Feel free to bring your laptops to follow along with the workshops. Open to all interested students, staff and faculty.
Have coffee with a few representatives from the current Employee Council. Learn more about the council's platform for 2016-17, come talk to us about your ideas and/or well wishes for Amherst staff, or just come socialize with us! The council is offering three coffee hours in February, all from 10-11 a.m. in Frost Cafe: Tuesday, February 7; Wednesday, February 15; and Thursday, February 23.
Develop your listening skills and appreciation of sound - absolutely no musical background is required.
Any means to produce sound will be welcomed, including common objects, all common musical instruments, and voice. We will use structured exercises to explore music and sound improvisation in a group context. We will work beyond standard conceptions of rhythm and melody, beginning with the fundamentals of sound and time. A limited number of objects will be available for student use.
All are welcome to attend, including musicians at any technical level, as well as people who do not consider themselves musicians. The session will be accessible and challenging for all participants. You are welcome if you have no experience improvising. You are welcome if you have experience improvising.
Please be prompt. It is not possible to join the group once the workshop has begun at 4 p.m. The room will be available at 3:30.
If you plan to use amplification you must bring your own equipment.
The workshop will be led by Vic Rawlings.
Vic Rawlings is a musician, instrument builder, sound installation artist, filmmaker and freelance teacher based in western Massachusetts. Collaborators have included Ikue Mori, Greg Kelley, Bhob Rainey, Seijiro Murayama, Jake Meginsky, Sean Meehan and Jason Lescalleet. Visiting artist/teaching residencies have included Oberlin Conservatory, MIT, Harvard, UC Berkeley, UC Davis, Princeton, Dartmouth and Wesleyan, as well as homeless shelters and correctional facilities. He has performed throughout North America and Europe at venues including The Stone, Jordan Hall, The Gardner Museum, The Philadelphia Museum of Art, and countless galleries and series. Festival appearances include Victoriaville (Quebec), Musique Action (France) and Vision (NYC). Labels include Grob, RRR, Sedimental, Absurd, Emanem, Boxmedia, Audio Dispatch, H+H, Chloe, and Rykodisc. He has performed works by John Cage, Karlheinz Stockhausen and Cornelius Cardew, and has worked directly with 20th and 21st century composers Alvin Lucier, Michael Pisaro and Christian Wolff.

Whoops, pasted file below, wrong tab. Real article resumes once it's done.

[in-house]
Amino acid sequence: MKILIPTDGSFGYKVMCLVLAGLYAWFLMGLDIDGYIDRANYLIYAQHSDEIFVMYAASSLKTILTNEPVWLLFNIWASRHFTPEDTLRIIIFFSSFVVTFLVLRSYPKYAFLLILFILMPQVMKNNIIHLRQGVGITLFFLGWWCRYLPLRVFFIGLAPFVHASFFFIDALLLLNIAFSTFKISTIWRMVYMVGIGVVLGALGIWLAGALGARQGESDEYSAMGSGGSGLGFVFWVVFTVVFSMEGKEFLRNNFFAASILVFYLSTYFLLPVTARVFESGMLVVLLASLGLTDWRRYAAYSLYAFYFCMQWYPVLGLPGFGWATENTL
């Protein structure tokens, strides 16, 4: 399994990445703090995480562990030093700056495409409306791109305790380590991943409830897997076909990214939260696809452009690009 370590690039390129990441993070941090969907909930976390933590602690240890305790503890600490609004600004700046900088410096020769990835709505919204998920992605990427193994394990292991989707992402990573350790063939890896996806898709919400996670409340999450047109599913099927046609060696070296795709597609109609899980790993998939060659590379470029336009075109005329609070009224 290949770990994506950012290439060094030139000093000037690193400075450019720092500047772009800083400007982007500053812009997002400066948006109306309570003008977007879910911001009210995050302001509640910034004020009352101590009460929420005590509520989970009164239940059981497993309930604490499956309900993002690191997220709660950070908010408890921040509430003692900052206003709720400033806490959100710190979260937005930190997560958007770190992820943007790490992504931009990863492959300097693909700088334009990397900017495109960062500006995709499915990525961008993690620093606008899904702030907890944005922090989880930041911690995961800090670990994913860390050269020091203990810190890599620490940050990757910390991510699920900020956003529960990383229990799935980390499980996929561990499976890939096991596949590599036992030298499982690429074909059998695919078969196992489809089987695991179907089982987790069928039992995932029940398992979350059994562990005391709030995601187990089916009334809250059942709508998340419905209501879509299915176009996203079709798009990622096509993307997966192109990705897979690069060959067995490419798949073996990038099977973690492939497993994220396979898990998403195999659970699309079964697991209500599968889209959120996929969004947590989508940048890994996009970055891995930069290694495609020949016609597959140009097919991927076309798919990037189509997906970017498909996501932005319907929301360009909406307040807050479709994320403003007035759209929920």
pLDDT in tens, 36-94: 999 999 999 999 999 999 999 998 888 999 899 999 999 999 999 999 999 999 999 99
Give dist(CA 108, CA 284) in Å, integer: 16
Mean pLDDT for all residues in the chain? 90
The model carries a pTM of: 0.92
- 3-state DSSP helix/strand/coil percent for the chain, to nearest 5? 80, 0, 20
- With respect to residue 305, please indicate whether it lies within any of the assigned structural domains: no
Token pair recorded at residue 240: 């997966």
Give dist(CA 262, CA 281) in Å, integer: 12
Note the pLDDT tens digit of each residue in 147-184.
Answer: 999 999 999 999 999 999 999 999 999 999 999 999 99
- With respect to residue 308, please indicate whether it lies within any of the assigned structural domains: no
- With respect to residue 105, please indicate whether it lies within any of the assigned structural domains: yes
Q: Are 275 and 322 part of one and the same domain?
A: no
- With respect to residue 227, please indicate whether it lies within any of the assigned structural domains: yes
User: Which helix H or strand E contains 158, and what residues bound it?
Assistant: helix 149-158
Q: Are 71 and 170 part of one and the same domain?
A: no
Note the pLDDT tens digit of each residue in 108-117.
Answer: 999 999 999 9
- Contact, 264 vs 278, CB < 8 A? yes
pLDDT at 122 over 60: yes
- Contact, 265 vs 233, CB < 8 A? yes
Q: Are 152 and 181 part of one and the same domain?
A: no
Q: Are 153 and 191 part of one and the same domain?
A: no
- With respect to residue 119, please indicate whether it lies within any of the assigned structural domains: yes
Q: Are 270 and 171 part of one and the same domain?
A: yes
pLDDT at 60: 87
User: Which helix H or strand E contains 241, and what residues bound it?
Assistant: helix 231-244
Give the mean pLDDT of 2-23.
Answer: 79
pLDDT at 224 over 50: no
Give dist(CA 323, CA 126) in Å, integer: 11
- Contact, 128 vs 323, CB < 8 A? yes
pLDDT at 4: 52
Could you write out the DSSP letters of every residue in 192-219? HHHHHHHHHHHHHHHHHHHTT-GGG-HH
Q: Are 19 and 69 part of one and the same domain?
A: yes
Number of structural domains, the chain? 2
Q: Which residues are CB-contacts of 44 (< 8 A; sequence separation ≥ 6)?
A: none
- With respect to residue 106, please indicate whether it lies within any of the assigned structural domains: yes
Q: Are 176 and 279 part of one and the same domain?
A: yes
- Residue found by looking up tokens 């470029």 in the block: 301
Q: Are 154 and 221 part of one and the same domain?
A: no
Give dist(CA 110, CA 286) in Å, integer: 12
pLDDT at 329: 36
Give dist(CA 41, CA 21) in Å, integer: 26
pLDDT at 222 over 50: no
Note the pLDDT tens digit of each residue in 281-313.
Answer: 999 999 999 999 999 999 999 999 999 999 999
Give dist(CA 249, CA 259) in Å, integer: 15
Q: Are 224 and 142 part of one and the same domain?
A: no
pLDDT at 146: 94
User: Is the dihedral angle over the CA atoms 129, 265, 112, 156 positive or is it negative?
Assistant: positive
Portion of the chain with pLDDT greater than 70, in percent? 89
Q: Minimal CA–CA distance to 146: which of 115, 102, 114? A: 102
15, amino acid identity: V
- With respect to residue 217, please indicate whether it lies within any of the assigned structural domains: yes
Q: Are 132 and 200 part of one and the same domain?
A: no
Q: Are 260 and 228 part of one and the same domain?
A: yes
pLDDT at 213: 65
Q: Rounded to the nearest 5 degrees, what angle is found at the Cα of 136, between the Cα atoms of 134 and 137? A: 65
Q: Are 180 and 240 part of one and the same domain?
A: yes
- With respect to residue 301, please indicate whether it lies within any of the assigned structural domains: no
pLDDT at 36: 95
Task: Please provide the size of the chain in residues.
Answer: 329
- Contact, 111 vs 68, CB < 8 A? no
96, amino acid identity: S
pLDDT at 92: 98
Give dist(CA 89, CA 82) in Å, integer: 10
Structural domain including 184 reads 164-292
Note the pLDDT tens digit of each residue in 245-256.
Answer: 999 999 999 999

"Vic Rawlings plays prepared cello and open circuit electronics in the form of an instrument self-made from exposed circuit boards and speaker cones...the sense of danger, the awareness that the music is poised permanently on the edge of disintegration and collapse. Despite its refusal to make the slightest concession to the listener, the music draws you in and doesn’t let you go."
For more information, contact Professor Jason Robinson, email@example.com